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FDA Approves 'Abortion Pill' for Sale in U.S.Aired September 28, 2000 - 12:00 p.m. ET
THIS IS A RUSH TRANSCRIPT. THIS COPY MAY NOT BE IN ITS FINAL FORM AND MAY BE UPDATED.
JEANNE MESERVE, CNN ANCHOR: We begin with a ruling released just moments ago. The Food and Drug Administration has given final approval for the so-called early abortion pill to be marketed in the United States. It's the one called RU-486 in France. Family planning experts call this a milestone comparable to the approval of the birth control pill 40 years ago.
CNN medical correspondent Rhonda Rowland has details.
RHONDA ROWLAND, CNN MEDICAL CORRESPONDENT (voice-over): The FDA approval gives a woman another choice if she decides to end a pregnancy early.
GLORIA FELDT, PLANNED PARENTHOOD: It will enable them to choose, if they choose to terminate a pregnancy, to do that earlier, to do it without surgery. And for many women, that is a very positive thing.
ROWLAND: The new so-called "abortion pill" will be marketed in the United States as Mifeprex. It's generic name is mifepristone. An abortion with medications involves several steps. The woman takes mifepristone in a physician's office or clinic. Two days later, she returns to take a second drug, a hormone-inducing drug like misoprostol, which is already FDA approved.
DR. MITCHELL CREININ, UNIVERSITY OF PITTSBURGH: Mifepristone is not a magic abortion pill by itself. It's part of a treatment regimen. The second medication is just as important.
ROWLAND: In the United States, the combination of mifepristone and misoprostol has been studied in over 2,000 women.
CREININ: And what we did find was that for women that were less than seven weeks pregnant, that the medications were about 92 percent effective at causing a complete abortion very safely.
ROWLAND: A woman who participated in a study of mifepristone says the side effects were minimal.
UNIDENTIFIED FEMALE: And you had minor cramping with it, but it was over. Once it started, it was over quick.
ROWLAND: Her abortion was completed three hours after taking the second medication at home, though in some women the process can take up to a week and involve heavy bleeding and cramping.
UNIDENTIFIED FEMALE: This is -- I hate to use the word easy, but it's an OK thing if you make the decision and this is how you want to have it.
ROWLAND: Although surveys suggest more physicians would be willing to offer medical abortions than surgical abortions, access to the new drug is a concern.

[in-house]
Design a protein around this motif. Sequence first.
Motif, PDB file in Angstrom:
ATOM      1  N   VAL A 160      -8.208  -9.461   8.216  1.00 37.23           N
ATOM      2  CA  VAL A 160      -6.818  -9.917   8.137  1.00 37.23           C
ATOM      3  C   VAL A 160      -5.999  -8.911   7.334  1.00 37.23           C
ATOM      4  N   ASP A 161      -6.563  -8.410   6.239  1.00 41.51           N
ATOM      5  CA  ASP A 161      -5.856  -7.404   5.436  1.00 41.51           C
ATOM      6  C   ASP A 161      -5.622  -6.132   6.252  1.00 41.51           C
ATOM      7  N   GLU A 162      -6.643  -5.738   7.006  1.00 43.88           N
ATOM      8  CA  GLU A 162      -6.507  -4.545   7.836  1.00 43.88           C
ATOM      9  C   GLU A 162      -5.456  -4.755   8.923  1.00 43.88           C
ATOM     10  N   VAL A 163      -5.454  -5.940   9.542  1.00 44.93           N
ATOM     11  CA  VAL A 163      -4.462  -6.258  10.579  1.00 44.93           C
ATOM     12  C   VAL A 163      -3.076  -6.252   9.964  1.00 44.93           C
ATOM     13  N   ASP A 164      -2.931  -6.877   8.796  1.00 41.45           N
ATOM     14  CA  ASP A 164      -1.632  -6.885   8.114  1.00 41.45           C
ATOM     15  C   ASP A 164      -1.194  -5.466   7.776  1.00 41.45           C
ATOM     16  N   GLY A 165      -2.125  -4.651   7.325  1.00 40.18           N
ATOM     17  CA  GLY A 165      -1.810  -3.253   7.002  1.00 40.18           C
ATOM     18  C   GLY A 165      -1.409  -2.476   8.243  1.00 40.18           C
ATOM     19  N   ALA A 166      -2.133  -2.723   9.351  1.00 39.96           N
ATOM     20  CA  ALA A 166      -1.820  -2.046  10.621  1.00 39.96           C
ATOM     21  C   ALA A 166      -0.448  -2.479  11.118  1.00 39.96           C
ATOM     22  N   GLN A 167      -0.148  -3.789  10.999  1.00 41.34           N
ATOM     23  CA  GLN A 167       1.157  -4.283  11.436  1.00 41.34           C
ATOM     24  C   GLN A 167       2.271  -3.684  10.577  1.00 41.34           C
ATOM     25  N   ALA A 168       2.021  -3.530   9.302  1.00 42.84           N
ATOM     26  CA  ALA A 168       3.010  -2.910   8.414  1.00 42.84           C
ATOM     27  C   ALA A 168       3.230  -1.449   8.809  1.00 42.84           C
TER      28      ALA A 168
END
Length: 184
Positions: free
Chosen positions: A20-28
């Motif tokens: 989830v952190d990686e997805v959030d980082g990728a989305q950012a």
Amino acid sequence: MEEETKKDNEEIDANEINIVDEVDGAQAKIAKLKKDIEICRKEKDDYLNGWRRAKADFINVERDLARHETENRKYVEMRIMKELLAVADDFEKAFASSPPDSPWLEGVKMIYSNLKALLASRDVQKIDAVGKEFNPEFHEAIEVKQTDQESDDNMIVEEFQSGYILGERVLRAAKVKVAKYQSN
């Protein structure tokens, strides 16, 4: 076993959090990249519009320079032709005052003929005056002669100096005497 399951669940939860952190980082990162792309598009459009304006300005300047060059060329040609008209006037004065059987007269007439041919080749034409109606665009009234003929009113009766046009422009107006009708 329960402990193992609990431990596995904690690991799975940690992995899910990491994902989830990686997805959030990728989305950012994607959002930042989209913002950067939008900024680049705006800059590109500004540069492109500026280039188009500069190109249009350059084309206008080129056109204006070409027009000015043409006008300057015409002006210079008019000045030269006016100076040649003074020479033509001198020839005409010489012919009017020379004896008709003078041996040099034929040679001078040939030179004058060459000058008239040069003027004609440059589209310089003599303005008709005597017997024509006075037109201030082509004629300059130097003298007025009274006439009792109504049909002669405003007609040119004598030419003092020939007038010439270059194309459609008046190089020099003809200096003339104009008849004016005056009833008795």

CREININ: But right now, there's lots of laws in many states that restrict abortion practice, that restrict the practice of medicine to allow a clinician or a physician to provide abortion services. Medical abortion is not going to be any different.
ROWLAND: The cost of an abortion with the newly-approved drug is expected to be similar to a surgical abortion: about $300.
ROWLAND: Now that Mifeprex is approved by the U.S. Food and Drug Administration, it will take about a month before it is available in physicians' offices and clinics -- Jeanne.
MESERVE: Rhonda, why has it taken so long for the FDA to give this drug approval?
ROWLAND: Well, one situation, first of all, to just backtrack a little bit, it was four years ago, 1996, when the FDA gave the drug conditional approval. That is, they recognized that it was safe and effective, but it could not be put on the market until a manufacturer was found. That obviously is a major situation there. You need to have somebody who's willing to sell the drug in the United States.
So in the last four years, there has been a search on to find a willing manufacturer. There was one, and then this particular manufacturer backed out, and then they went and they found another one, and we still don't even know who that manufacturer is.
So that's been a lot of the problem, finding somebody who was willing to manufacture it, and then they also have to meet certain criteria for labelling and how the drug would be used here in the United States, Jeanne.
MESERVE: Rhonda, why did they have a problem finding a manufacturer? Is it just that controversial?
ROWLAND: That's right. It's that controversial. It's because of the abortion politics in the United States. In fact, the Roussel Uclaf, the manufacturer who originally made this drug in France, refused to sell it in the United States. So what they did do is give the patent to the U.S. Population Council, and this is a nonprofit research group here in the United States. And then they have tried to look for somebody who is willing to manufacturer it. So, yes, it has been a long road, mostly for that reason -- Jeanne.
MESERVE: How will women get this drug? Through their doctors, through a pharmacy?
ROWLAND: They will definitely have to go to see a physician or go to, say, a Planned Parenthood clinic. They will not be able to get it from a pharmacy. It will require three visits to a doctor. Again, the first visit is to get the mifepristone, a woman returns two days later to take a second drug, misoprostol, and then she returns yet a third time within the next two weeks to make sure that the abortion is indeed completed. If it is not, she would have to go on to have a surgical abortion.
MESERVE: Rhonda, this does not mean the end of surgical abortions, does it?